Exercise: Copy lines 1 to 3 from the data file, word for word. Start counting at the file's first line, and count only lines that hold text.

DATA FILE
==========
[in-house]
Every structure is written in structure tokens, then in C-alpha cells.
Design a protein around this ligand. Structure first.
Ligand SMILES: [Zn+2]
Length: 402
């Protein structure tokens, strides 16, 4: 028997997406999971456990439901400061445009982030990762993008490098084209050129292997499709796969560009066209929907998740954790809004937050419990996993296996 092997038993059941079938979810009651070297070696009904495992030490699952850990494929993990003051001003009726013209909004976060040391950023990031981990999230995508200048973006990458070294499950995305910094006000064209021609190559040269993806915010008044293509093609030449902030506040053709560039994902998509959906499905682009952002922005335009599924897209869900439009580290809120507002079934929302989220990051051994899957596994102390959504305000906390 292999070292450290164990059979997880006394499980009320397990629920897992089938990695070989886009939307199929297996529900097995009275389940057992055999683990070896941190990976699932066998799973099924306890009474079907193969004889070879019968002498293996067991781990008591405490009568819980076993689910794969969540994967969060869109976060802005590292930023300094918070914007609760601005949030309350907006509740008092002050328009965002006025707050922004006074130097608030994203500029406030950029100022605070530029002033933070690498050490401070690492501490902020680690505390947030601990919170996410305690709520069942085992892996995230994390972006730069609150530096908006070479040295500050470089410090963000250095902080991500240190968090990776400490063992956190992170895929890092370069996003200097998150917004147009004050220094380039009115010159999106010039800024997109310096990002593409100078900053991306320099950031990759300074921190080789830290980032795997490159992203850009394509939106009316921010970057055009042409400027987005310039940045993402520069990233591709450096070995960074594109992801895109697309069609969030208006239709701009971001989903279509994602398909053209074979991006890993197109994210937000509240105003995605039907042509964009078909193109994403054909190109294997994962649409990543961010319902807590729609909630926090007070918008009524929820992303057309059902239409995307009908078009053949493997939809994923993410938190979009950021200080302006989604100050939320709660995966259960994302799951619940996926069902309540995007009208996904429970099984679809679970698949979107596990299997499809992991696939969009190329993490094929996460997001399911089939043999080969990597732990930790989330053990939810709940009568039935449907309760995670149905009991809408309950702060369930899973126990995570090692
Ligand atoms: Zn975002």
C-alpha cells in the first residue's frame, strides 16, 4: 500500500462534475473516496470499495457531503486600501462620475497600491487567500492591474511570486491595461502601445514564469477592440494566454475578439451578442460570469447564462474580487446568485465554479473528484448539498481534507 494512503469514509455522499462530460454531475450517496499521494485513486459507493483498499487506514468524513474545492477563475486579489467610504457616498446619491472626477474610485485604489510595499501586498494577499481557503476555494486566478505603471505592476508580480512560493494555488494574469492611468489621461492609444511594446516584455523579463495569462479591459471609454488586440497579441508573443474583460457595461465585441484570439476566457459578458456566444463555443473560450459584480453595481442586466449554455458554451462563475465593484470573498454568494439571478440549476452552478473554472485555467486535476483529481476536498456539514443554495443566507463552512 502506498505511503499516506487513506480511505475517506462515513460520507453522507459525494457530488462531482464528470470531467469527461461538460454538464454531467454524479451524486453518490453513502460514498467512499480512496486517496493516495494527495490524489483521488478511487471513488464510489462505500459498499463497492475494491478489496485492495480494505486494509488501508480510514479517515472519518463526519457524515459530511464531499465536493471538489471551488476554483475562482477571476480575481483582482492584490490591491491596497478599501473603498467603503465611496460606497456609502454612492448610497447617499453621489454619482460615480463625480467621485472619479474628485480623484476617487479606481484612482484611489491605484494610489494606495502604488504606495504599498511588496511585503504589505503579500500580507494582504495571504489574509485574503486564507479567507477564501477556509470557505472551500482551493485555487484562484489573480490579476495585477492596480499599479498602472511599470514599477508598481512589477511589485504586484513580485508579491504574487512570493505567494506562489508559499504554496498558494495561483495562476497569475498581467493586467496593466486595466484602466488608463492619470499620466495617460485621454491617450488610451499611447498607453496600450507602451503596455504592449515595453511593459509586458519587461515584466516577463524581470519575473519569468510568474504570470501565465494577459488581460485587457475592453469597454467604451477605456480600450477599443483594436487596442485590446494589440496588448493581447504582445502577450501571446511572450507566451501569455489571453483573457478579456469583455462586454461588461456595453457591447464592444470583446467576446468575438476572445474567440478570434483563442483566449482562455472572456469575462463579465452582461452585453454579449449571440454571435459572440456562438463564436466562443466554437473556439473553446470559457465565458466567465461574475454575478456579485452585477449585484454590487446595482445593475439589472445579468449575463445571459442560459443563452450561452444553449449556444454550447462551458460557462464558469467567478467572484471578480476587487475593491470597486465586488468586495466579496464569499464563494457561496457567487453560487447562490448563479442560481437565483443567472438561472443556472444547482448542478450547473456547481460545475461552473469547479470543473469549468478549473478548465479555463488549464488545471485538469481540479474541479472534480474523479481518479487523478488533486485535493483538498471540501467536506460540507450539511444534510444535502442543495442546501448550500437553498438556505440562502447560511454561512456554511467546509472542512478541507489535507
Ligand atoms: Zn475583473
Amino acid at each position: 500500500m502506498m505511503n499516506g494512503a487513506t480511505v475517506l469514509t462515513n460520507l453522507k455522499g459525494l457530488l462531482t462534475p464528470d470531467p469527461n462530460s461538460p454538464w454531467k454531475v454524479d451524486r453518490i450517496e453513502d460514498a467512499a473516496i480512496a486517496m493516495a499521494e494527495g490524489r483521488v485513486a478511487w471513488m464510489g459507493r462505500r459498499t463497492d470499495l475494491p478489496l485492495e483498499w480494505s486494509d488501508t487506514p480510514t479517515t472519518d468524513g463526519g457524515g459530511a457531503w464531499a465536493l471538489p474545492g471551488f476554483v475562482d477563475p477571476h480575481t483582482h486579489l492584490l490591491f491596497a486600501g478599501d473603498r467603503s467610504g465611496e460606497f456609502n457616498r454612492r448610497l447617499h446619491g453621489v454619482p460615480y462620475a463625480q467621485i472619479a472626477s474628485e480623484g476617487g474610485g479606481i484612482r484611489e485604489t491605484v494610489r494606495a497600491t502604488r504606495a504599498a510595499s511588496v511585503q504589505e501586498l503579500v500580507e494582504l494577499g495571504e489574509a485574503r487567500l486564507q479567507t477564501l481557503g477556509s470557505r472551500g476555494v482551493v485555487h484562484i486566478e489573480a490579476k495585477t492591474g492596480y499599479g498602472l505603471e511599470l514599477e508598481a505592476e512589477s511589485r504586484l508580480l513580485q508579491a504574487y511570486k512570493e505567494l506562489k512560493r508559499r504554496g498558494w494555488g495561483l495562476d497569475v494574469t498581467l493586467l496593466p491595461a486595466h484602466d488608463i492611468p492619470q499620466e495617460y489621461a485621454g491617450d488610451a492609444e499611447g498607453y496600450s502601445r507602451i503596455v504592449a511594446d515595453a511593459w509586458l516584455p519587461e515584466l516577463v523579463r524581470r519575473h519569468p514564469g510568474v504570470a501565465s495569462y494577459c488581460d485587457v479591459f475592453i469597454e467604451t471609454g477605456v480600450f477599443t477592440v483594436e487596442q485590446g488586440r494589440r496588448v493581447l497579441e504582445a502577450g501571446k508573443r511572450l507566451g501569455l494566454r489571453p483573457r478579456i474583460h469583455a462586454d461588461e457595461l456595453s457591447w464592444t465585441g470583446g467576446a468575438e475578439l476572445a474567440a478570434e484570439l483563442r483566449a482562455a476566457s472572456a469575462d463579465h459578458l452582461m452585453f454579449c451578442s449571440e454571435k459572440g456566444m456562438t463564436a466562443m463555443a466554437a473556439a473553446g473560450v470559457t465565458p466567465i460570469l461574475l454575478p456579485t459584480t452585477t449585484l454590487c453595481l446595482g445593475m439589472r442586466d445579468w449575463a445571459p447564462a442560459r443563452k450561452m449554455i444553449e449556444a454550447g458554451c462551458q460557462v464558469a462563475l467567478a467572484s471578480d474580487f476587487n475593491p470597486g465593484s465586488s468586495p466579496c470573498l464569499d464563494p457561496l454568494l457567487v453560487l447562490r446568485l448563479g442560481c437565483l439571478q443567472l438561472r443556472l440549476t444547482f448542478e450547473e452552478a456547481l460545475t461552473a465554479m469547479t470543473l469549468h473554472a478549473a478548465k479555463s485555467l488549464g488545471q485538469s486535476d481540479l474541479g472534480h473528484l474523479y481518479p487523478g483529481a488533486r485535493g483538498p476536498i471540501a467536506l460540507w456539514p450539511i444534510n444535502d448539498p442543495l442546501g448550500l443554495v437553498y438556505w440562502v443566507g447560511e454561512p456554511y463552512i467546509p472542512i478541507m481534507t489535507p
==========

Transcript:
[in-house]
Every structure is written in structure tokens, then in C-alpha cells.
Design a protein around this ligand. Structure first.